In addition, in every Thoughtful Play plan you’ll get a physical movement idea and a guided free play idea (see below). Both are ways to inspire additional learning, movement and promote independent play. If you feel like it, join them, or take a moment for yourself and feel reassured because they’re still learning.
6. Open-ended questions that tap into children's curiosity & excitement
The beauty of shifting focus to problem solving and critical thinking skills is encouraging children to question, wonder, and think for themselves. It provides them the space to bring all of their learning and understanding of the world together and begin making connections. With enough freedom, kids will begin thinking up fantastic inventions, creations, and solutions that will lead to their own sense of independence, interest, and self-worth.
Questions or prompts like, “What do you think? I wonder... What If...? What do you notice about…?” will make them feel valued, proud, smart, and empowered. And you’ll feel the same way about your kiddos!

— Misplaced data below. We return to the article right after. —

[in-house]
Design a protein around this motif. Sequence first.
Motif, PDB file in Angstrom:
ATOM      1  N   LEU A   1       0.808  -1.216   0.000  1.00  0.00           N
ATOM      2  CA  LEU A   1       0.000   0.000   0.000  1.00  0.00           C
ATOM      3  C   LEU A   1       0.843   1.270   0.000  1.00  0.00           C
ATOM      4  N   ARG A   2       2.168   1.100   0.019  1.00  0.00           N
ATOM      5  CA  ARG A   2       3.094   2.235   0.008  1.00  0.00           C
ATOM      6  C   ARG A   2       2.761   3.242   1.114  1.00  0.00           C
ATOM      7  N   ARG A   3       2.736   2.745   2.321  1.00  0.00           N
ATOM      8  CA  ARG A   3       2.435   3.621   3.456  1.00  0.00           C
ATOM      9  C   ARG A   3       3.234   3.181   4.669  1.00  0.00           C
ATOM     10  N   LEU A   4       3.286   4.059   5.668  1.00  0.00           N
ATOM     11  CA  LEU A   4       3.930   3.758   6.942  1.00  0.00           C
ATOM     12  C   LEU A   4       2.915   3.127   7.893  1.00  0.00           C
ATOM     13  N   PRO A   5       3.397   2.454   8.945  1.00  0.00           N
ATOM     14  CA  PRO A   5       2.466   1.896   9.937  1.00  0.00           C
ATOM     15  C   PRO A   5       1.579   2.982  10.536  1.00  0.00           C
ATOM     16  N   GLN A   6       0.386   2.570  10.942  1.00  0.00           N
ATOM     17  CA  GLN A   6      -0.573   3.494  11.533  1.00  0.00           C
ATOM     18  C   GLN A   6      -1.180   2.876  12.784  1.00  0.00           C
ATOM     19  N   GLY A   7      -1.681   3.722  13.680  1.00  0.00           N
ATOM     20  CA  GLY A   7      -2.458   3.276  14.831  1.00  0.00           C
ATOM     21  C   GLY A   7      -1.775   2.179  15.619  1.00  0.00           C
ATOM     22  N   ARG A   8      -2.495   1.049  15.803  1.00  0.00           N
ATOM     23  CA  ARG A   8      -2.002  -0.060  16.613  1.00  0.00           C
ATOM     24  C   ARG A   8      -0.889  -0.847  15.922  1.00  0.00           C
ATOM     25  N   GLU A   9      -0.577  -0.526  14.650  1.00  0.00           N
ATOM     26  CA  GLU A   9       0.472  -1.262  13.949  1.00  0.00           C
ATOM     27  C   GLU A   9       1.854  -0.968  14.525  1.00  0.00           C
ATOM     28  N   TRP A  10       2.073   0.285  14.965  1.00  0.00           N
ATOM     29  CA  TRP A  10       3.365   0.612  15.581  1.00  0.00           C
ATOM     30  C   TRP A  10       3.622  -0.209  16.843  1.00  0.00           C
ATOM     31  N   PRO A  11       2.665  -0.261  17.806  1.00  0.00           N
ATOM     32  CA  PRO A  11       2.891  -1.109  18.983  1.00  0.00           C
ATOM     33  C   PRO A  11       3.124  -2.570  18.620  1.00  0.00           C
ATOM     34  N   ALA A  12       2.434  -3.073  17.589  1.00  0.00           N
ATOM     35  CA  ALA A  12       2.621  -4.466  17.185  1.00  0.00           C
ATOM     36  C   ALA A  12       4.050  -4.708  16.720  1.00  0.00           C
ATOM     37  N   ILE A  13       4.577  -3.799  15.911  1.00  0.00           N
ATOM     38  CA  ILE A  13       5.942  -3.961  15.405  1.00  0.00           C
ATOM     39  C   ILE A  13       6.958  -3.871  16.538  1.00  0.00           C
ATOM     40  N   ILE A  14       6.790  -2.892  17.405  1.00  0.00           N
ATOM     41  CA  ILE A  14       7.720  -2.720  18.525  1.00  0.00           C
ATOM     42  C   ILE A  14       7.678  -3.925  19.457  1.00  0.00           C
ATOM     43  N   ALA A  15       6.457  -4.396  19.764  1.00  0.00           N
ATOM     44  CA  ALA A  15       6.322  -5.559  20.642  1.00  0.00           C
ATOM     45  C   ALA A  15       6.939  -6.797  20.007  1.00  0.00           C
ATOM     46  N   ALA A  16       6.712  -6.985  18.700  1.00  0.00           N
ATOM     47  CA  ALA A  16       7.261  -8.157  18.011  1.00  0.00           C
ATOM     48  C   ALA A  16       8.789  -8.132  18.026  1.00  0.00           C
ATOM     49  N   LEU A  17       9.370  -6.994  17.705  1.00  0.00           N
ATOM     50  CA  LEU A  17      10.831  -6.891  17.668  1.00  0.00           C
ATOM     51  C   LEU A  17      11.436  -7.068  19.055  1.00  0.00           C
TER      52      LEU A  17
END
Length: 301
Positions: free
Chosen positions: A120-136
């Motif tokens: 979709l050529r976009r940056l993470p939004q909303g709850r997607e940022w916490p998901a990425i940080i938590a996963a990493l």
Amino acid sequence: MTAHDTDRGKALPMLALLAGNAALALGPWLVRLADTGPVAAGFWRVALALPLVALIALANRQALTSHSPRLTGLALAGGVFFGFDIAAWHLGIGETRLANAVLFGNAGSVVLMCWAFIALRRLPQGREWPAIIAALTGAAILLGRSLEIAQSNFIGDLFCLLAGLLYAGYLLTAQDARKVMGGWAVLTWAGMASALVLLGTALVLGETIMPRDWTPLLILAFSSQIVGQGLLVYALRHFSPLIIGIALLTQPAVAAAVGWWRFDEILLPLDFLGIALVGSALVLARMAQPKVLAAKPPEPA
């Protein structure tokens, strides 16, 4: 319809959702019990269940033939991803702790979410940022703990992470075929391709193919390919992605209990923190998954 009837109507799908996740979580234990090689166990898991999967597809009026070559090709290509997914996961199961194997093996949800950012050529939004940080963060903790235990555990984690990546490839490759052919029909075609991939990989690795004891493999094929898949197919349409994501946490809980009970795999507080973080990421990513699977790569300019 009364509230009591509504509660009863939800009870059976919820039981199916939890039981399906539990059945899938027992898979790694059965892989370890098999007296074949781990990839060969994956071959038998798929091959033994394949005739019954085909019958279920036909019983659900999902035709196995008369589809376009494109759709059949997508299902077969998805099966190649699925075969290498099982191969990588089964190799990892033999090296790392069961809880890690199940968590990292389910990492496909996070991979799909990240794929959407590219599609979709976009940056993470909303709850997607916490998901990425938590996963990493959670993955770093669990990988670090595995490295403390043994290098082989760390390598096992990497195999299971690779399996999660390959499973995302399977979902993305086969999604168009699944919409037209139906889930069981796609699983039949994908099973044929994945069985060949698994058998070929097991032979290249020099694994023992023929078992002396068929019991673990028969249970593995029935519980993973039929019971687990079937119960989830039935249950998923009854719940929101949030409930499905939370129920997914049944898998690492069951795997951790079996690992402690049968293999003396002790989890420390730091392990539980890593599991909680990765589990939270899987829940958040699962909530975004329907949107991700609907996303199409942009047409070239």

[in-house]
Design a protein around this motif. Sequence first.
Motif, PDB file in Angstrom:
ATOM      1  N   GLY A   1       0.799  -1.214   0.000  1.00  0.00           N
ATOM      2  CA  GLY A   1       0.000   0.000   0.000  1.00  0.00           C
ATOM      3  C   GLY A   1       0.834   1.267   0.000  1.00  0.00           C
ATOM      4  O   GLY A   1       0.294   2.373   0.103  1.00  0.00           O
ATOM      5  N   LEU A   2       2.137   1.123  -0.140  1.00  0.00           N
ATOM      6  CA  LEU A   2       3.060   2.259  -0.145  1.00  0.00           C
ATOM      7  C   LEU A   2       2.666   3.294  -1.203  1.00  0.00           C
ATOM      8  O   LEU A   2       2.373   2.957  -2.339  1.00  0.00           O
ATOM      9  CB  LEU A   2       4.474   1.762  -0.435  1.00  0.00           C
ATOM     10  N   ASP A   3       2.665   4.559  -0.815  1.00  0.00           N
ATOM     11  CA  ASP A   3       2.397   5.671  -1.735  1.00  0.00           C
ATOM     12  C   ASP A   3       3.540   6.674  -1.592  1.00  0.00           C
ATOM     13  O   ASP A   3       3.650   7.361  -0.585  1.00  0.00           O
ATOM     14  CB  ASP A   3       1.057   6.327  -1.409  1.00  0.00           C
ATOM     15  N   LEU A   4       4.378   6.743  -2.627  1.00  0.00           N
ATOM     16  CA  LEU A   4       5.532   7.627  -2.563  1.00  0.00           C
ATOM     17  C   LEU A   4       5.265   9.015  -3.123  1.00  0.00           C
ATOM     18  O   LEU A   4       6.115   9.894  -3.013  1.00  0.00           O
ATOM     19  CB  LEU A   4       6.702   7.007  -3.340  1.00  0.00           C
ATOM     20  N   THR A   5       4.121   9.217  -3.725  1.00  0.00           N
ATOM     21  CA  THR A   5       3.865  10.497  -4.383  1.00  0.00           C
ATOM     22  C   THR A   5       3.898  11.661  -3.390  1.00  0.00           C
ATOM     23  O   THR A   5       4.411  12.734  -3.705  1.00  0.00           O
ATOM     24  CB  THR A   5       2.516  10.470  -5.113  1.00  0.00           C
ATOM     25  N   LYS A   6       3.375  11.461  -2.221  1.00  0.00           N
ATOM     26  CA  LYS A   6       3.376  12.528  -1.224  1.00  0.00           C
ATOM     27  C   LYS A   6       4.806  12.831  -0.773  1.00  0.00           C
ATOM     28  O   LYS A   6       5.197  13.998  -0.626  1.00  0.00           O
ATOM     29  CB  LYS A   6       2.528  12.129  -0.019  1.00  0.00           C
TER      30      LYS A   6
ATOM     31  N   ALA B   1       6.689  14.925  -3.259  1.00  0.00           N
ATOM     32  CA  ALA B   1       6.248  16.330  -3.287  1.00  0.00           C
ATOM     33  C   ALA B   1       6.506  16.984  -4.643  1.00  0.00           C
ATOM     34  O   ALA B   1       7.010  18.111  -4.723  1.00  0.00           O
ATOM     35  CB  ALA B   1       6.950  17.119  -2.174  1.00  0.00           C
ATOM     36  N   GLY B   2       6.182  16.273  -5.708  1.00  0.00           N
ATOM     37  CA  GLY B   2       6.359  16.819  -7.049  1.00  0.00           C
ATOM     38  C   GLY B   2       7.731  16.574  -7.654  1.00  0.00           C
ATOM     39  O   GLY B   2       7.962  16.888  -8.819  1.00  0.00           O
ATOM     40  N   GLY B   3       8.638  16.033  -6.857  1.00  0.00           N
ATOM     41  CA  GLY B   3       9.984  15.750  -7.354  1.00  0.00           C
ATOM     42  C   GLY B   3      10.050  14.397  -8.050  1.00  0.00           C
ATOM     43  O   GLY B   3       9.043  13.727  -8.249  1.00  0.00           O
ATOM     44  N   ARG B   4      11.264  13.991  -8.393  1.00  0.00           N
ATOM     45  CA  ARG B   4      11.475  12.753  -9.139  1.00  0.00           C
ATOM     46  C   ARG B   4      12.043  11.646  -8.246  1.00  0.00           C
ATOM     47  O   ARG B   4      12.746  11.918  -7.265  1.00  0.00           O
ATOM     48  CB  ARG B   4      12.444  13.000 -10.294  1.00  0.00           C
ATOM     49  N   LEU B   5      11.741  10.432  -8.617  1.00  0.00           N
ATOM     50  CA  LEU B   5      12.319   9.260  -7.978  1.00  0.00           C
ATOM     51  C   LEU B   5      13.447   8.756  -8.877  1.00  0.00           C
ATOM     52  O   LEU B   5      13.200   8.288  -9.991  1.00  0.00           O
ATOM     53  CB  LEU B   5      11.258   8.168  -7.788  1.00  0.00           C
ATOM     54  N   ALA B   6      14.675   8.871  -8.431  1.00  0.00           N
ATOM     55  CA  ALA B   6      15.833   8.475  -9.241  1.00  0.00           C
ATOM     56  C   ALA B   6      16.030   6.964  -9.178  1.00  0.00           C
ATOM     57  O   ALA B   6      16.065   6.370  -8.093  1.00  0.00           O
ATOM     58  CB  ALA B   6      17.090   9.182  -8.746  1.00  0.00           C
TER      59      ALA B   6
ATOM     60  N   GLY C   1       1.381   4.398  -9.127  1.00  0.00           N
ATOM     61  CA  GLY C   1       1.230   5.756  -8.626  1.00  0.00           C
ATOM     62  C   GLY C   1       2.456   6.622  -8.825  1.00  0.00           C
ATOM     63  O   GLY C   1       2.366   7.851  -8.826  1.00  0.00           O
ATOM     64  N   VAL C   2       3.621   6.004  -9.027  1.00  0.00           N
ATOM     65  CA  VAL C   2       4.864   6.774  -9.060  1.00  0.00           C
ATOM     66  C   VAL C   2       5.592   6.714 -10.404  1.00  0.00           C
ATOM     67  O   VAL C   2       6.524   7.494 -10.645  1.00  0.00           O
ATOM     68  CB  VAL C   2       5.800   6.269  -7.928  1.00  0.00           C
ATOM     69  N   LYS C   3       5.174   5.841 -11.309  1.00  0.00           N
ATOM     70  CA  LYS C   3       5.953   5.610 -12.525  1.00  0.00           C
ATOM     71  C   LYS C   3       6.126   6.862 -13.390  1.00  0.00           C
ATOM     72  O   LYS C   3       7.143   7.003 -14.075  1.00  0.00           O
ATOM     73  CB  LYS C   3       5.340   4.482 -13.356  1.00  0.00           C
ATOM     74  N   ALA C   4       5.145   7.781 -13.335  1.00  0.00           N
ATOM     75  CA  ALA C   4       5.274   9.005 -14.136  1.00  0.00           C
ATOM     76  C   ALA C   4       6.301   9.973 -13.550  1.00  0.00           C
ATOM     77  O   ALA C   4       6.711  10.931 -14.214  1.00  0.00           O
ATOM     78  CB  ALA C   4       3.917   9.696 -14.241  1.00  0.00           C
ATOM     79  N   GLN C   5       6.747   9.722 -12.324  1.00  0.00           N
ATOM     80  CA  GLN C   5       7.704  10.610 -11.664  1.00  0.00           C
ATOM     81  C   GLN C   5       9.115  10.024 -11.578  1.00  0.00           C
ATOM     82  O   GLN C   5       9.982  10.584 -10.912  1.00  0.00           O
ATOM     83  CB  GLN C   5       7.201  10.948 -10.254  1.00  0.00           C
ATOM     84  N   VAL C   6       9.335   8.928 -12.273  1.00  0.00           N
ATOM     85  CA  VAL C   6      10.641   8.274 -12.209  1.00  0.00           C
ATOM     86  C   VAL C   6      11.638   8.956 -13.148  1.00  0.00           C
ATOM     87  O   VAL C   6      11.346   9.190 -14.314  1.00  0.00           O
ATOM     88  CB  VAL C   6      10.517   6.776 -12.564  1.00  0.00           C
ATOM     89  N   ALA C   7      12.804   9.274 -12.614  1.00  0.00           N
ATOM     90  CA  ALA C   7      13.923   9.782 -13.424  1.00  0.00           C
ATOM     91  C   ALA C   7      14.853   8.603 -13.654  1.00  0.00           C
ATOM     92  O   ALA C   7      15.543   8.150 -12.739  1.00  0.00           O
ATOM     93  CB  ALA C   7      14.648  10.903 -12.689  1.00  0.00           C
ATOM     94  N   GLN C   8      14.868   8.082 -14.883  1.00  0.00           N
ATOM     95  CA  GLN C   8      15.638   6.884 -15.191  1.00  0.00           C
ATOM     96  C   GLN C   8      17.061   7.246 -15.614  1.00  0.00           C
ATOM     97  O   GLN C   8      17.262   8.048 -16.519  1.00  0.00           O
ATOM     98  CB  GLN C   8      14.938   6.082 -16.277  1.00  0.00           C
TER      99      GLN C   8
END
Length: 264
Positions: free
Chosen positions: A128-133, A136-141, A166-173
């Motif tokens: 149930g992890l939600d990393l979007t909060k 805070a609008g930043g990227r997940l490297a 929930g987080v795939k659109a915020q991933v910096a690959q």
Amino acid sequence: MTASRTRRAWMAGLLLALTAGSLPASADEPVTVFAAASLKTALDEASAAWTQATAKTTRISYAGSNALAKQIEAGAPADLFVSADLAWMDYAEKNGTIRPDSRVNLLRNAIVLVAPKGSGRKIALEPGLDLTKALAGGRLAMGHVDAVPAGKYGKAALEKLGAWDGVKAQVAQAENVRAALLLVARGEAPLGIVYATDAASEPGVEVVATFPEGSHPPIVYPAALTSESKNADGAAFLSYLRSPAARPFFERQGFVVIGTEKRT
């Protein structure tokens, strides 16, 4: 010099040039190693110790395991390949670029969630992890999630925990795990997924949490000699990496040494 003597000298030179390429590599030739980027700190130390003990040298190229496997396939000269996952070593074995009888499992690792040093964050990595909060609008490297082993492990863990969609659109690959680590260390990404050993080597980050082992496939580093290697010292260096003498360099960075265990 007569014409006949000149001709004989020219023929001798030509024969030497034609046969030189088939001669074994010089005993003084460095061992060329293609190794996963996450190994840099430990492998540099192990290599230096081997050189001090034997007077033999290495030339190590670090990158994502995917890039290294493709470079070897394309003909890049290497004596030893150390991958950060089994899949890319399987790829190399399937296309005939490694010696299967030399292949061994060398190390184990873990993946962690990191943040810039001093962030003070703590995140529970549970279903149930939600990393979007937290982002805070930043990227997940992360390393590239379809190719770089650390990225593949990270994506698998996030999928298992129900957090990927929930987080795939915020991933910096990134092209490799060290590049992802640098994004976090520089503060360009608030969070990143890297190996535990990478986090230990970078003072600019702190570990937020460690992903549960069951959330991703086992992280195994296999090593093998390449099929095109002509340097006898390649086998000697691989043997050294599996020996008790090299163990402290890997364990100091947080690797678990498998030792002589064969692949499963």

The Thoughtful Play Summer Series includes inquiry questions and prompts in every plan (see Hands-On Activity earlier on in the blog) to support you in creating opportunities for critical thinking, reasoning, and creative problem-solving.
7. Ensure a likelihood of feeling success with an activity
Just like adults, kids LOVE to feel like experts at what they do. They soak up positive praise and get extra proud when they feel successful at a task or a skill. This is GREAT! This boost of confidence gives them the courage to take more risks and to demonstrate their learning by sharing it with others. Total Win!
Another key ingredient to summer learning is making sure activities are designed to help children feel successful. They should feel confident in tackling the problem or question in front of them. Do this by presenting it in a fun and exciting way. This might mean building it into an art project, a ball game, or a relay race. The activity should build upon learning that your child already knows and encourage them to take it just a bit further. It is a chance to review the learning they’ve done to make sure they hold on to it for next year and further builds their confidence in themselves.